Fourteen years ago, EDSS drama teacher DJ Carroll took a stroll in Elmira’s Gibson Park and had an epiphany. “I was just walking through it one day, and I kinda looked and said, ‘Wow… this could be Sherwood Forest.’”
An erstwhile history teacher and former artistic director of Waterloo’s Royal Medieval Faire, Carroll had been transferred to Elmira and was considering launching a similar medieval festival in the town. “I was already thinking I could do it here, then I said: ‘Robin Hood, Sherwood Forest, boom, done!’”
Now entering its 14th year, Robin in the Hood has come a long way. The two-day theatrical/educational/interactive festival has expanded in scale from 50 to 140 actors, 300 to 1,100 kids, and from half of Gibson Park to the whole area, plus part of John Mahood Public School.
“There are shows for people to see, there are games to play, activities to do,” explained Carroll. “You can come see the knights do battle; there’s a chance to shoot archery; and it’s a weekend out for the family.”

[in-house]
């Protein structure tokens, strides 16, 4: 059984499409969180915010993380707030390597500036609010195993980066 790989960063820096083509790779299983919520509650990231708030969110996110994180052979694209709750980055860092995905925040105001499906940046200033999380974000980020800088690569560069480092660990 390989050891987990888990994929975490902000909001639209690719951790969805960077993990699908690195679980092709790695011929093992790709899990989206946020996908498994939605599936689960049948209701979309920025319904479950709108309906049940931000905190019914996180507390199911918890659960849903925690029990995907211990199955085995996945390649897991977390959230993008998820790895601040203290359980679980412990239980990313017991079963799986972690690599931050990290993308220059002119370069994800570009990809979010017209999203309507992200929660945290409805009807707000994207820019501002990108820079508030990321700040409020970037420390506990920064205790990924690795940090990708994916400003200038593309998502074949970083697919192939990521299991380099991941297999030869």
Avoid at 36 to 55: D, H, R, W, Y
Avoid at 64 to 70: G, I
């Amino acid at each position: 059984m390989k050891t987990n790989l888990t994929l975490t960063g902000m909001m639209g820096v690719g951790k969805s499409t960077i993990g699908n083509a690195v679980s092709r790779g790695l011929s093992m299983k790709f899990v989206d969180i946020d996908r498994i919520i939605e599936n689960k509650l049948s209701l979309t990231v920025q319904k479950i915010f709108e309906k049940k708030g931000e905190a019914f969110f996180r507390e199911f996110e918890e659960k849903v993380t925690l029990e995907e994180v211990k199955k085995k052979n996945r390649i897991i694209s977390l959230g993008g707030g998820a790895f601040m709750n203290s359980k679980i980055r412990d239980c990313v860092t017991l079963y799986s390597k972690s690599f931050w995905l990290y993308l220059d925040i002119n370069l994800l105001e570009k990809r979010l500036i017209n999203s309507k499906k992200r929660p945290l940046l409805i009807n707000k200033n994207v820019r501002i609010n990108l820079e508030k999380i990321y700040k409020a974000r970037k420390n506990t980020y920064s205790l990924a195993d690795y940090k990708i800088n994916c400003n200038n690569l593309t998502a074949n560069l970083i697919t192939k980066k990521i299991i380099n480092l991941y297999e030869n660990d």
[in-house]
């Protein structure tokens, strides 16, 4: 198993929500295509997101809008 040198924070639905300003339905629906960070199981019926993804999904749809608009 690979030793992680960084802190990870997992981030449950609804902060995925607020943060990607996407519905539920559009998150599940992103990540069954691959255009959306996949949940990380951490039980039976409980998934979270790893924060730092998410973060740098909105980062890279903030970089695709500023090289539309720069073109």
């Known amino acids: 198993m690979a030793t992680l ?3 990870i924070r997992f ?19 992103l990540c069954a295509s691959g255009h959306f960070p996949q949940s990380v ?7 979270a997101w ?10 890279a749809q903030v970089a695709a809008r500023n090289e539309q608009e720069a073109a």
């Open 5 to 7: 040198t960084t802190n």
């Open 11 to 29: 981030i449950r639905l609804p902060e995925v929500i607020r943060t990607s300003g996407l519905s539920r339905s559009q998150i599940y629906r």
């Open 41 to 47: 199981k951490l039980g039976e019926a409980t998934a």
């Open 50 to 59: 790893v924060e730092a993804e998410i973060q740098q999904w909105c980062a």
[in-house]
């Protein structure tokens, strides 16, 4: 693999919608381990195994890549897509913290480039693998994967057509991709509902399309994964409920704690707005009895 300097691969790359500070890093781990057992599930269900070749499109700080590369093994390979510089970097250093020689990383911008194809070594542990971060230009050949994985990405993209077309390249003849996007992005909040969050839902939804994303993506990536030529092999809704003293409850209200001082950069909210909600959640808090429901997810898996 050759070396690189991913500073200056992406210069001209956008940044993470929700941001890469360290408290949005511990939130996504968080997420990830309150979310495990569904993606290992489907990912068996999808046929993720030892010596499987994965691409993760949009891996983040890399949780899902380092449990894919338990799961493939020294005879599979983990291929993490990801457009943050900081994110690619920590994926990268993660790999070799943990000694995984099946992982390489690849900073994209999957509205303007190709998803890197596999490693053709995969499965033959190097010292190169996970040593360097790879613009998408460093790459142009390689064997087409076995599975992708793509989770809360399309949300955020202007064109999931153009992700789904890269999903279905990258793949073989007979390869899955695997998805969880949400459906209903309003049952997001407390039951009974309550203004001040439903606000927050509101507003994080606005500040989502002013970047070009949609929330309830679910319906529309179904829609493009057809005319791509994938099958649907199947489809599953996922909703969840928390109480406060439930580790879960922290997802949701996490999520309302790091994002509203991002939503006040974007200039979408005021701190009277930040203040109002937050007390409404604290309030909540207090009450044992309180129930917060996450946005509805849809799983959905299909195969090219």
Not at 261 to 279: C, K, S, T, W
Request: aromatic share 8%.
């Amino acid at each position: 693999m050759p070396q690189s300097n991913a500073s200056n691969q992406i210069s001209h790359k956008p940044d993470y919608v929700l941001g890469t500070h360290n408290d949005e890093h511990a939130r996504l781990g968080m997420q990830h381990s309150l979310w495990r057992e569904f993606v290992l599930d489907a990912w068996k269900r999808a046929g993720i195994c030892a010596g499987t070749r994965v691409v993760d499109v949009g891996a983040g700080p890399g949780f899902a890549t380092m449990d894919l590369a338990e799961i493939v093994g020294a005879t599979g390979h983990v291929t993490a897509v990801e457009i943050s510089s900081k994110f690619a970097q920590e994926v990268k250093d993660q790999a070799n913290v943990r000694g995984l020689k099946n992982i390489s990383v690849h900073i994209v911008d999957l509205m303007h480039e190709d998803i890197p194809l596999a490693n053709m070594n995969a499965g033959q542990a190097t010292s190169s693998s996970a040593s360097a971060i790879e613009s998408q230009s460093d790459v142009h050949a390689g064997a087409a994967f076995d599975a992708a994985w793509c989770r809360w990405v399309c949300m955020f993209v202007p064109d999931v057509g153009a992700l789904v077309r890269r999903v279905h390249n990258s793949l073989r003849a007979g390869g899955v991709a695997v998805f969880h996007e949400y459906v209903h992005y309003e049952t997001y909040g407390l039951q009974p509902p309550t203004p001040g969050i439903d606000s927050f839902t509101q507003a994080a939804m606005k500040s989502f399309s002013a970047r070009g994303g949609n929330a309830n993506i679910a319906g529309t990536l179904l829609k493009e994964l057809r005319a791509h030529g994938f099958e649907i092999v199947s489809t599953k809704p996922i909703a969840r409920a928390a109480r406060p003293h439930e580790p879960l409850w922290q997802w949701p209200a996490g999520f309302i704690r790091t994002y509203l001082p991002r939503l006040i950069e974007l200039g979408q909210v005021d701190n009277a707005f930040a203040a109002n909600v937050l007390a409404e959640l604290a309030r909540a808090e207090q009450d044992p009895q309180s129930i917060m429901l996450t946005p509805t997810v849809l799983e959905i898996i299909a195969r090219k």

The theme of this year’s event is “Back to Basics,” and highlights a traditional knight tournament. “The fights every year are different,” said Carroll. “Even though we have people who have done the shows many times, we have some new people coming in and we’re making some changes, so it requires the same amount of prep time.”
But regular attendees can expect more of the same, including familiar faces in the annual theatrical extravaganza.
“We’ve encouraged a great return of previous years’ actors, I think a lot of our audience base likes to come out and see what the actors have changed or added to their characters.”
Even though the knights have barely drawn their swords from their sheaths, Carroll is already looking ahead to 2015, when Robin in the Hood will celebrate its milestone 15th anniversary.
“There’s going to be an incredible stage fight by our fighters, we’re going to do a big, epic battle,” he predicted. “We’re going to see the return of King Richard, who’ll be coming back to probably yell at his brother Prince John, because he’s messed everything up for the last couple of years.”
The festival’s education day and community show got things underway Thursday and Friday (May 29-30). Festival day at Gibson Park takes place Saturday (May 31), 10 a.m. to 5 p.m. Admission is $5 per person, or $15 per family.